Motion Spaces of Machine-Process Combinations
Machines and mechanisms realize processes, from the shaping process of a milling machine to the motion process of an automotive system. The dynamics of a machine generated by a properly chosen set of constraints in combination with an appropriate drive system is designed to meet the prescribed requirements of the process, which is done by projecting the machine equations of motion on the process dynamics. We get a set of nonlinear relations, which represent the machine motion in terms of the required process motion. A well-known example is the projection of arbitrary many robot degrees of freedom on one given path degree of freedom resulting in a set for evaluating possible motion spaces, now supplemented also by constraint force spaces, helpful for design and optimization. For multidimensional processes things become more complex but feasible. This talk will present a corresponding approach applying multibody system theory in combination with transformations from the machine side to the process side and vice versa. Practical aspects will be discussed and examples given.

Prof. Haiyan Hu, Professor and President
Beijing Institute of Technology, Beijing, China

Short BIO
After receiving a Ph. D. in Applied Mechanics from Nanjing University of Aeronautics and Astronautics, he followed his career path at that university until becoming the President of Beijing Institute of Technology in 2007. He has made peer recognized contributions to the nonlinear dynamics and control of aerospace systems, such as the delayed control of flexible structures, the active flutter suppression of aircraft structures, the nonlinear vibration isolation of missile stabilizers, and the deployment dynamics of large space antennas. He has also played an important role in promoting the Chinese academia as the President of Chinese Society of Theoretical and Applied Mechanics and the Vice President of Chinese Society of Aeronautics and Astronautics over the past decade.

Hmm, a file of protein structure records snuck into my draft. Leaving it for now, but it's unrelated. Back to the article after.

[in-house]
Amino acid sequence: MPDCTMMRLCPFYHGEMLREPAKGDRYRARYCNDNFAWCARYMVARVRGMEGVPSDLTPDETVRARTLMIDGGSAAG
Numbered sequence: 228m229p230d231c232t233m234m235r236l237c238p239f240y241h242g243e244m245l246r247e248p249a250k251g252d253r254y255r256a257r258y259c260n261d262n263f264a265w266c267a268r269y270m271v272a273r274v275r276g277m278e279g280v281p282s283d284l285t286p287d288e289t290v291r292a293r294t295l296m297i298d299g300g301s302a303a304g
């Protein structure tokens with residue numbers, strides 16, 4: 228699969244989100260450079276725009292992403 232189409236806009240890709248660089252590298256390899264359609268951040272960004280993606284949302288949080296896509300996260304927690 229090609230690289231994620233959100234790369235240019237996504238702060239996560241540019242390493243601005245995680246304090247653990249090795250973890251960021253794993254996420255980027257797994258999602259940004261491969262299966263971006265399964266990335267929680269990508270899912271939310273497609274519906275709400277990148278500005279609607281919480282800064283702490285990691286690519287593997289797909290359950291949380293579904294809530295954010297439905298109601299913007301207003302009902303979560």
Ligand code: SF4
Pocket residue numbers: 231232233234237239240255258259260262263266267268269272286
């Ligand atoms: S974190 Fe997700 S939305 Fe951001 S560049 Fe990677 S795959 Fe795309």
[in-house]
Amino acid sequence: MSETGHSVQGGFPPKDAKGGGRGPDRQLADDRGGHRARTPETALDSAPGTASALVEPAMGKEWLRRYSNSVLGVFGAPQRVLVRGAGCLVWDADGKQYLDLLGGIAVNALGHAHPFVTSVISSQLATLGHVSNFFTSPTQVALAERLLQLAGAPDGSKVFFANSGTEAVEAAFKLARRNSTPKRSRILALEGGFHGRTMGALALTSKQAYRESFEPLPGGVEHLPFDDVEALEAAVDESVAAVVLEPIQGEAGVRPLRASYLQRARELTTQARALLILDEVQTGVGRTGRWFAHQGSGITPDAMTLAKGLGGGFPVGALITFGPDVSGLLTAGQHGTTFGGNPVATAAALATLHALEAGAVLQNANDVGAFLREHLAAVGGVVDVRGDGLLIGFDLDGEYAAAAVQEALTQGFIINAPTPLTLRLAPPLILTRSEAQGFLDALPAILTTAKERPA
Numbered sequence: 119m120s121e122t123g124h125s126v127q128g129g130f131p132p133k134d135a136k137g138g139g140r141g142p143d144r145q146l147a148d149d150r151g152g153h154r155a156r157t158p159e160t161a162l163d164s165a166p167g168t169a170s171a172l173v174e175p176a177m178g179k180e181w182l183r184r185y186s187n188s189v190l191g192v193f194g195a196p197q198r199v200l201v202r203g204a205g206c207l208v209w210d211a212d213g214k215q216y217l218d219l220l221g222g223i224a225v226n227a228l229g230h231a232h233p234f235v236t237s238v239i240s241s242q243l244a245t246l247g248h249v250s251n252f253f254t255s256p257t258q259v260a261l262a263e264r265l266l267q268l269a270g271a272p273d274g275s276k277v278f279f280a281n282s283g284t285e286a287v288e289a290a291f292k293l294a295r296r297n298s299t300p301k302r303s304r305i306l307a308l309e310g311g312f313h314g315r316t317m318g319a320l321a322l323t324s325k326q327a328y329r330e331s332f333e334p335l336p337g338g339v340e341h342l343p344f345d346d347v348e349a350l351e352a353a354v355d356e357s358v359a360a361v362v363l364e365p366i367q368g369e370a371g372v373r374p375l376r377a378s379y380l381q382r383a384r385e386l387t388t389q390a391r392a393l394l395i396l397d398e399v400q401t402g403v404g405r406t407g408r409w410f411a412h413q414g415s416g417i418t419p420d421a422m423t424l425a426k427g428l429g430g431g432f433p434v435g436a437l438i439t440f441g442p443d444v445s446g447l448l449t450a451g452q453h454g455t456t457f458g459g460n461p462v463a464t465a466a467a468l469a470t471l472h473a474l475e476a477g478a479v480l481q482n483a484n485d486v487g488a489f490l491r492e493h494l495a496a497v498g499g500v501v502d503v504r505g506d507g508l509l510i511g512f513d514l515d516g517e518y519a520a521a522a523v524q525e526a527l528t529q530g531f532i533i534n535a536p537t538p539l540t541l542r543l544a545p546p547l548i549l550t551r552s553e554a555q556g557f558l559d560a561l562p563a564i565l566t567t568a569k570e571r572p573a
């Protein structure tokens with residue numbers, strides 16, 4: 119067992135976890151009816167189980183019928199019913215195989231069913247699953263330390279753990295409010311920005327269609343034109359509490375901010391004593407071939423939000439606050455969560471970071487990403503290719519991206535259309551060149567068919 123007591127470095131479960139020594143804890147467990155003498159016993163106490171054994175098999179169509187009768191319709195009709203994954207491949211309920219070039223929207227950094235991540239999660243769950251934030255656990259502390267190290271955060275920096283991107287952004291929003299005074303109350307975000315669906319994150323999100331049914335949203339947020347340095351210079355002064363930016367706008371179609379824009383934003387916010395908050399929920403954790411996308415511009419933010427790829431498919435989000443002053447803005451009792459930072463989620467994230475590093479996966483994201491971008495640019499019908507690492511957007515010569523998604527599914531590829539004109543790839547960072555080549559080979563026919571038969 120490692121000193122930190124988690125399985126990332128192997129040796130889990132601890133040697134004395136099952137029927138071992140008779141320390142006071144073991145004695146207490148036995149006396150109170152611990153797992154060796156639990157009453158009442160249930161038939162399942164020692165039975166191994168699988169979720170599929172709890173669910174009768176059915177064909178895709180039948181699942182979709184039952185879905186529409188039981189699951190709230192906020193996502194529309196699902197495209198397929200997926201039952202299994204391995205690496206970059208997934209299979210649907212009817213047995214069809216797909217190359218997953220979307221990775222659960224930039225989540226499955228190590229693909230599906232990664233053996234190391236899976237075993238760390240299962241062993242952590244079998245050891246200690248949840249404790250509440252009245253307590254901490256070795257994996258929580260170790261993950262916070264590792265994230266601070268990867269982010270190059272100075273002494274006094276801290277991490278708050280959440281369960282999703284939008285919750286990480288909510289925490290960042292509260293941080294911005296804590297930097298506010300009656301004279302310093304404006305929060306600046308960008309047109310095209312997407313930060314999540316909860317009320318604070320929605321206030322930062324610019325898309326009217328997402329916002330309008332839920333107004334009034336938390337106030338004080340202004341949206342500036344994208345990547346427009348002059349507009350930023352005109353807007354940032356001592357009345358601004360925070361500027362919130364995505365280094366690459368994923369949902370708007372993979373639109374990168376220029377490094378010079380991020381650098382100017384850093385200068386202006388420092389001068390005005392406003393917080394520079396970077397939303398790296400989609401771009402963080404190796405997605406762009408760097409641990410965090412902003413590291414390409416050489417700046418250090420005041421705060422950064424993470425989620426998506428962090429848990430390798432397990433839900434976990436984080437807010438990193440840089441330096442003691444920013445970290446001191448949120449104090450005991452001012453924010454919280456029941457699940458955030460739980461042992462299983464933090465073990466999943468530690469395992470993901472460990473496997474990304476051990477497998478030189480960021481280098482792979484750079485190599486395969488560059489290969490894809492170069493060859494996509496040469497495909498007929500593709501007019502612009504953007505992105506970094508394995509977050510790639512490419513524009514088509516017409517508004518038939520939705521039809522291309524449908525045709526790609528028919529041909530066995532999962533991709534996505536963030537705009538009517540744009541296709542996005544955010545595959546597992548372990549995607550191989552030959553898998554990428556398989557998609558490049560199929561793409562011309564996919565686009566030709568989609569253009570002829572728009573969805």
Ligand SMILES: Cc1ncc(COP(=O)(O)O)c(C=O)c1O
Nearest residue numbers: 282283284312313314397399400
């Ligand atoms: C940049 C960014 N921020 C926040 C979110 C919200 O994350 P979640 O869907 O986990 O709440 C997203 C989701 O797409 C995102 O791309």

He received a dozen of awards and honors for his achievements, including National Award of Natural Science twice (2006, 2012), Fellow of Chinese Academy of Science (2007), Fellow of The World Academy of Science, Honorary Doctor of Moscow State University, Russia (2015), and Honorary Doctor of Science of University of Reading, UK (2016), respectively.

Understanding and Utilizing Time Delays in Nonlinear Dynamics
Recent years have witnessed an increasing number of studies on the dynamic system involving time delays, which appear inevitably in may dynamic systems, especially those under feedback controls. This lecture addresses several important issues of properly understanding and utilizing the time delays in the controlled dynamic systems. The lecture begins with what is a short time delay that can be ignored from the viewpoint of the stability of a dynamic system with a state feedback. Then, the lecture presents some theoretical studies on the stability criteria and bifurcation analysis for the dynamic system governed by a set of retarded or neutral differential equations. Afterwards, the lecture illustrates, both numerically and experimentally, the theoretical results through two case studies, including the active stabilization of an inverted double-pendulum moving on a straight rail and the active flutter suppression of an aircraft wing in a wind tunnel test. The case studies show how to make use of the advantages of time delays in system stabilization and how to avoid the shortcomings of time delays in controller design based on properly.